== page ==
distribution and the small-world effect. The analysis of the distribution degree of
network vertices allows identifying whether such distribution is highly skewed,
meaning that it has a power-law distribution profile. In this case, we conclude that few
trajectories have many encounters, while most of the trajectories have very few
encounters. The discovery of such property can be useful, for example, to identify
trajectories having a high degree of encounters, which means that this trajectory has
passed through paths with a high number of moving objects. Besides, small-world
property may help to identify a set of trajectories that represent hubs in the trajectory
network [17]. The small-world effect feature determines the mean shortest path length
between pairs of trajectories as well as if the network has a high clustering coefficient.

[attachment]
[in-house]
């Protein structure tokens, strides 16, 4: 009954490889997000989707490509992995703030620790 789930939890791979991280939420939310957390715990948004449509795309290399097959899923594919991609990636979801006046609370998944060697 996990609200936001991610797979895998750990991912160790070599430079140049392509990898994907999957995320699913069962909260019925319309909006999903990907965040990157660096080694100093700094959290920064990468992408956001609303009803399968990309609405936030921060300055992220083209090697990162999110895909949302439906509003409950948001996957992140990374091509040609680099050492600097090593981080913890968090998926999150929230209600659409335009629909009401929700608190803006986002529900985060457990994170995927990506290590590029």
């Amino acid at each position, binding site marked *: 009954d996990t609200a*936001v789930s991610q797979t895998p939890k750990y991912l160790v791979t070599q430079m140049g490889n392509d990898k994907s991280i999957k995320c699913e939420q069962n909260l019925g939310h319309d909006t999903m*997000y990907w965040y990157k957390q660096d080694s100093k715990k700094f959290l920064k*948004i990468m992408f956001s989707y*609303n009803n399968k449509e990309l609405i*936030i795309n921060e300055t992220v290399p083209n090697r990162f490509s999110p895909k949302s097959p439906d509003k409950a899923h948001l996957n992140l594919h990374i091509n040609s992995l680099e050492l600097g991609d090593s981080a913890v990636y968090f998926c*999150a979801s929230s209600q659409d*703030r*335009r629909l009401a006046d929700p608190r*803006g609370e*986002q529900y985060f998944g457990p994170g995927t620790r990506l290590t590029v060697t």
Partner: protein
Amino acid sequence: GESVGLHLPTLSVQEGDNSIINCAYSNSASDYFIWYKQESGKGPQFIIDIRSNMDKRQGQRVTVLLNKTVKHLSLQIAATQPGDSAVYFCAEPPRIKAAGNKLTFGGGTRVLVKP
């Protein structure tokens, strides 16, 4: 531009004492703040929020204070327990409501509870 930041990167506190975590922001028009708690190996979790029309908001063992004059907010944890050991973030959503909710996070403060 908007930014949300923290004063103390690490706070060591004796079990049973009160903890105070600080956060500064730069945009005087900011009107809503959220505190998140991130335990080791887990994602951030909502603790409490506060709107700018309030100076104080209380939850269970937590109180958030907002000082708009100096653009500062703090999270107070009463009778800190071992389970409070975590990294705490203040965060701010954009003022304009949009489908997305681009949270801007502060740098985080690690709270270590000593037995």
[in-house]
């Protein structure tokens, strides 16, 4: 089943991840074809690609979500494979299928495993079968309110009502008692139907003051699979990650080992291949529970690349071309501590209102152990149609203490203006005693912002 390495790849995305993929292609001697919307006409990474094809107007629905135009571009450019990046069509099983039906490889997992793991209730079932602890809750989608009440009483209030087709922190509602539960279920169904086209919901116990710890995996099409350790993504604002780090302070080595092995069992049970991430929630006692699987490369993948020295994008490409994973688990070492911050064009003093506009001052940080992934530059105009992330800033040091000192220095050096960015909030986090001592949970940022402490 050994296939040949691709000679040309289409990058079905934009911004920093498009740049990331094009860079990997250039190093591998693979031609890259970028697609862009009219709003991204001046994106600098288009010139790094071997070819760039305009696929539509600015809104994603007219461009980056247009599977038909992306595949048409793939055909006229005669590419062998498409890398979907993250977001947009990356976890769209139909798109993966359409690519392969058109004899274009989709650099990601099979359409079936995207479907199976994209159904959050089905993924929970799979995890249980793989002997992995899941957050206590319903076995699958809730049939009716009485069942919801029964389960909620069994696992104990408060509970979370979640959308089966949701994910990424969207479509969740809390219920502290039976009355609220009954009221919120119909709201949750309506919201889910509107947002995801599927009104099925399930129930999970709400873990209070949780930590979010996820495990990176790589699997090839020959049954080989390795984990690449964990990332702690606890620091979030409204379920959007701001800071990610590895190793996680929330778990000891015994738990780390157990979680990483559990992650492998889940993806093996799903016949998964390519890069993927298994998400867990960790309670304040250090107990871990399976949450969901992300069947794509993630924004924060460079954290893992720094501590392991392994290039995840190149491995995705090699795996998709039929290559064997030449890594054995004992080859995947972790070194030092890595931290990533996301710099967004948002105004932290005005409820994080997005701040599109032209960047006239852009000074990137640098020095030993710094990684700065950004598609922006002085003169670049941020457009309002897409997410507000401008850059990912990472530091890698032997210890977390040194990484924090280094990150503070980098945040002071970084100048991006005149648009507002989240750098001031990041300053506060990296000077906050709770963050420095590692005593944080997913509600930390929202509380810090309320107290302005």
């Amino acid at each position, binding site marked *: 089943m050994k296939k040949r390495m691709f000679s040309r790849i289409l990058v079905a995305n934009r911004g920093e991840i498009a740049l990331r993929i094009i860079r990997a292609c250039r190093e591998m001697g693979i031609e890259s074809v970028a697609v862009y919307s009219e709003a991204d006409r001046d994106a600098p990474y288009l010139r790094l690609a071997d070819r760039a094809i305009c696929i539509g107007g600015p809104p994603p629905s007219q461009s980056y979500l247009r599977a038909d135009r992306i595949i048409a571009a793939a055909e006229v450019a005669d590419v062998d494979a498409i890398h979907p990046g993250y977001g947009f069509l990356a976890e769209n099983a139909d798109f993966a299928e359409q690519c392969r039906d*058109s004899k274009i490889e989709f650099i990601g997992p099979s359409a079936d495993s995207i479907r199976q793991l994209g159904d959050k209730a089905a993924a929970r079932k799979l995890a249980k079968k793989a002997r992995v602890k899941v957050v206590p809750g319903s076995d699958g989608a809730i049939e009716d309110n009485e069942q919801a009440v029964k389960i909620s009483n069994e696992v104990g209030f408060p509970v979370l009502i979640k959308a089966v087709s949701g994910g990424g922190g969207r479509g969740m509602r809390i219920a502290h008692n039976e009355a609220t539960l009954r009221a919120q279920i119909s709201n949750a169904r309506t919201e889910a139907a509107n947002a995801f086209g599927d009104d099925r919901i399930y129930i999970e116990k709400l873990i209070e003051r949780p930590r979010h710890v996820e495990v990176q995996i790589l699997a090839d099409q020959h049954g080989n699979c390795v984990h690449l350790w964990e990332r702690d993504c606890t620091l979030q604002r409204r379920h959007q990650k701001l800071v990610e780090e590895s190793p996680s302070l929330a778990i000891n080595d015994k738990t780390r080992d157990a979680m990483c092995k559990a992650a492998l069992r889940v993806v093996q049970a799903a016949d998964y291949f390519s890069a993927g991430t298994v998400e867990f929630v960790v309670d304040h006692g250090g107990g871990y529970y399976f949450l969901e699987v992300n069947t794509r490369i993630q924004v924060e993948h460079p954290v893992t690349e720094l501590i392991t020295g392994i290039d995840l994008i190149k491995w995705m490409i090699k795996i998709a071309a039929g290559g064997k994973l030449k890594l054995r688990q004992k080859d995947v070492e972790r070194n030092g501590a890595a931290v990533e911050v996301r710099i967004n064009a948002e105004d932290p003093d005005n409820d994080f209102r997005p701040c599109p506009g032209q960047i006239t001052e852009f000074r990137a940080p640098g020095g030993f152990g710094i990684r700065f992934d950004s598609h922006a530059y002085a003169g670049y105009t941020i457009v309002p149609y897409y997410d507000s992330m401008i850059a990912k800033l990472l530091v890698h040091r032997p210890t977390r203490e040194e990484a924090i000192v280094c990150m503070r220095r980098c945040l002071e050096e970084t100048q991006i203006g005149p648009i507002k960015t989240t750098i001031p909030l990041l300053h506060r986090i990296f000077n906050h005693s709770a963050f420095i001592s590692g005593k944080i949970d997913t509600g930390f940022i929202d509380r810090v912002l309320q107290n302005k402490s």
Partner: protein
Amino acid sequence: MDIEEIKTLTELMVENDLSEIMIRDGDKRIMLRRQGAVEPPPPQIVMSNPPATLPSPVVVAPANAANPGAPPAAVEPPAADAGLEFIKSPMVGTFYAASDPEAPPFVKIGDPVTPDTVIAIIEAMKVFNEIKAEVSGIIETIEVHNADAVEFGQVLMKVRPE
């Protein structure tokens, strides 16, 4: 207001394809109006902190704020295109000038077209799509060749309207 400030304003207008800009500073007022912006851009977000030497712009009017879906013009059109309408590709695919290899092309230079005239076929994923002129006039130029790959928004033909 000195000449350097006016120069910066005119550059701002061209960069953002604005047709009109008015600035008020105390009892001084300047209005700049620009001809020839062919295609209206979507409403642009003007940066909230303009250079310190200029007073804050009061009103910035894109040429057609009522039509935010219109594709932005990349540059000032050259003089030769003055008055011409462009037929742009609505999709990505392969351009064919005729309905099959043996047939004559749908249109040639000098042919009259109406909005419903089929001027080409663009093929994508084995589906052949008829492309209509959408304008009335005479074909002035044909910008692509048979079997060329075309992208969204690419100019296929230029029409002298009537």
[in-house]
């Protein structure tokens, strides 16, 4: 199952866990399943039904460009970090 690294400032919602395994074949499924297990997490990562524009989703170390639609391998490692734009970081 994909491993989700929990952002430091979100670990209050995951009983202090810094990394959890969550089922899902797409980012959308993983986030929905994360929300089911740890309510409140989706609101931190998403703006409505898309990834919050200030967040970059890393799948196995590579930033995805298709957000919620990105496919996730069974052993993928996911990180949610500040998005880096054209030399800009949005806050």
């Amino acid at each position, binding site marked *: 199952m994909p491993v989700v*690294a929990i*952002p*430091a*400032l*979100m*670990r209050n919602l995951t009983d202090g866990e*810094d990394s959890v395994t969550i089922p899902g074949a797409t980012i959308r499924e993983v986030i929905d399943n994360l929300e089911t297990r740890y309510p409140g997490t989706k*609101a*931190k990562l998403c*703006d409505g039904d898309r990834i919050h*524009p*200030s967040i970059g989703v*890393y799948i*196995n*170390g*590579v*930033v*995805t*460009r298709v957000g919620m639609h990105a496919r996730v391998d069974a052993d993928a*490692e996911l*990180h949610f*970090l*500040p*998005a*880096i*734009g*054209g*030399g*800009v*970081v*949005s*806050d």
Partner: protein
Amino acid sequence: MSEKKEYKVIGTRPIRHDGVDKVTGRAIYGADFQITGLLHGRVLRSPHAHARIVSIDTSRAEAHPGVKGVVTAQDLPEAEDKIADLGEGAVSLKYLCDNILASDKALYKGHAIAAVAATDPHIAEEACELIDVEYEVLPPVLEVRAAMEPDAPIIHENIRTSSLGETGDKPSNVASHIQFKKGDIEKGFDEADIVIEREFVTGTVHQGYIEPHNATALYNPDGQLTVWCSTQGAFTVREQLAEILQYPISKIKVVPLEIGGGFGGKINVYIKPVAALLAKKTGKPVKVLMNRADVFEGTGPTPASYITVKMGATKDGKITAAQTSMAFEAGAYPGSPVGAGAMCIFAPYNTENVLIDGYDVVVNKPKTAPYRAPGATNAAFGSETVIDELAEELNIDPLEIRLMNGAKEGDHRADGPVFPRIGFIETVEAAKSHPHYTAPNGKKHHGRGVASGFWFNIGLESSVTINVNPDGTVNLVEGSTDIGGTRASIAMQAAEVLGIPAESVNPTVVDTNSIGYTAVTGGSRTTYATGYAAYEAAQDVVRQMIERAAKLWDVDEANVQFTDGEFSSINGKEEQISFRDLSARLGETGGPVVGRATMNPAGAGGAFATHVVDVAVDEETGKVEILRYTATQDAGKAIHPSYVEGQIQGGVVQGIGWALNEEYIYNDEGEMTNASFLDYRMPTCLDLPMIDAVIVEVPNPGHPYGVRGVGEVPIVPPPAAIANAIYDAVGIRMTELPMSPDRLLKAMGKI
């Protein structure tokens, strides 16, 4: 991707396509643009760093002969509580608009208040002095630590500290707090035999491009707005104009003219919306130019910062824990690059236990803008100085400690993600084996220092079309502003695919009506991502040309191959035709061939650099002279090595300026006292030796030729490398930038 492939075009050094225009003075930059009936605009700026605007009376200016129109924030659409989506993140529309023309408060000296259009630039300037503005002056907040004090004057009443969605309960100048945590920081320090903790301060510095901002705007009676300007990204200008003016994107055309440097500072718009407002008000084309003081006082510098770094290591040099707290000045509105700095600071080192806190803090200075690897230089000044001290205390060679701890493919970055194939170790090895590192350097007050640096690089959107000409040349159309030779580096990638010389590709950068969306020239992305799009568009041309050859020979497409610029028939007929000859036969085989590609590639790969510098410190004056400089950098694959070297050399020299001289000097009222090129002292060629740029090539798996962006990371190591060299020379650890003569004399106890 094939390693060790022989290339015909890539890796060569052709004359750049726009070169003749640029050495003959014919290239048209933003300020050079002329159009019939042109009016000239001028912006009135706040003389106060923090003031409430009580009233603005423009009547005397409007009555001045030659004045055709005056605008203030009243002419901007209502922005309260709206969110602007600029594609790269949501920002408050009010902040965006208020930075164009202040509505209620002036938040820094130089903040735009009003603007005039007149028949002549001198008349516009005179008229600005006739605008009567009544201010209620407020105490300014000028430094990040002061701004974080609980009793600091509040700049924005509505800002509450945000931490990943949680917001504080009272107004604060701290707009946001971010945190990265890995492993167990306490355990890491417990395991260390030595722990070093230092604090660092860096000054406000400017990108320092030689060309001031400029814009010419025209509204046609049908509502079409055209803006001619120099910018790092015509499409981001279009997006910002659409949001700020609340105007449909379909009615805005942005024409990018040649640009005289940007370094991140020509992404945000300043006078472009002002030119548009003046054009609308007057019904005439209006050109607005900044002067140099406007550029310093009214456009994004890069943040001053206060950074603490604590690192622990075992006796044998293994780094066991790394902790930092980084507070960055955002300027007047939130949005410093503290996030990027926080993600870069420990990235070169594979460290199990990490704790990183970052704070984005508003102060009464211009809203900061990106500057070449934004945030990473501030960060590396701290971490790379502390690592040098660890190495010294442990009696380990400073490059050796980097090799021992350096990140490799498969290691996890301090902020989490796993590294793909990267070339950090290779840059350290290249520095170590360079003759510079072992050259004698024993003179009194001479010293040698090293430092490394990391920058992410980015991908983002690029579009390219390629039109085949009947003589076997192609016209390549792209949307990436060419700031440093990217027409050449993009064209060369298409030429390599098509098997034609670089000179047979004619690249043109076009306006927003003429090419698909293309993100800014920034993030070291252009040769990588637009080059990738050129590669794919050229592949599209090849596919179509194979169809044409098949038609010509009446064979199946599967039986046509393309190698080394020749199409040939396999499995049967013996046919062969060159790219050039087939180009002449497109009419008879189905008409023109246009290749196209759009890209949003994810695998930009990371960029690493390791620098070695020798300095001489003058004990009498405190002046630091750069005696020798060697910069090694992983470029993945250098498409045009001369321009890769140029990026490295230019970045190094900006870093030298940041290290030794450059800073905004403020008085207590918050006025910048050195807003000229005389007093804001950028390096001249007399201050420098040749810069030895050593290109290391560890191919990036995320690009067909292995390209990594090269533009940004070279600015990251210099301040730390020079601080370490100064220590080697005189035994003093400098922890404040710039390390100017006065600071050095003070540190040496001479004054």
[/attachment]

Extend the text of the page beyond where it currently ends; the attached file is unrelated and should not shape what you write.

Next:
Through this measure we can quantify how well connected the trajectories in the
network are. Besides, a high clustering coefficient indicates the presence of a
transitivity property among high connected nodes.
Step 3. Identify relevant trajectories within trajectory network: our approach aims
at analyzing trajectories that have greater relevance within the network. The relevant
trajectories are those that possess a high degree of connectivity. These trajectories are
plotted on a map for visual analysis, allowing the user to give an interpretation of the
relevance of these trajectories. This type of analysis will help reducing the number of
trajectories to be analyzed. Furthermore, we can restore back the spatial information,
which was lost during the creation of the network [18]. Visualizing trajectories that are
very connected, which we hereinafter call hub trajectories, is useful for understanding
entities moving in the high dense paths with respect to the amount of moving objects.

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4. Trajectory Strategies for VWN


As we mentioned Sections 2 and 3, we consider two trajectory strategies basically; Lucas
algorithm, a traffic-efficient single-path strategy, and expanding ring search, a timeefficient flooding algorithm. A comparison shows the basic problems of both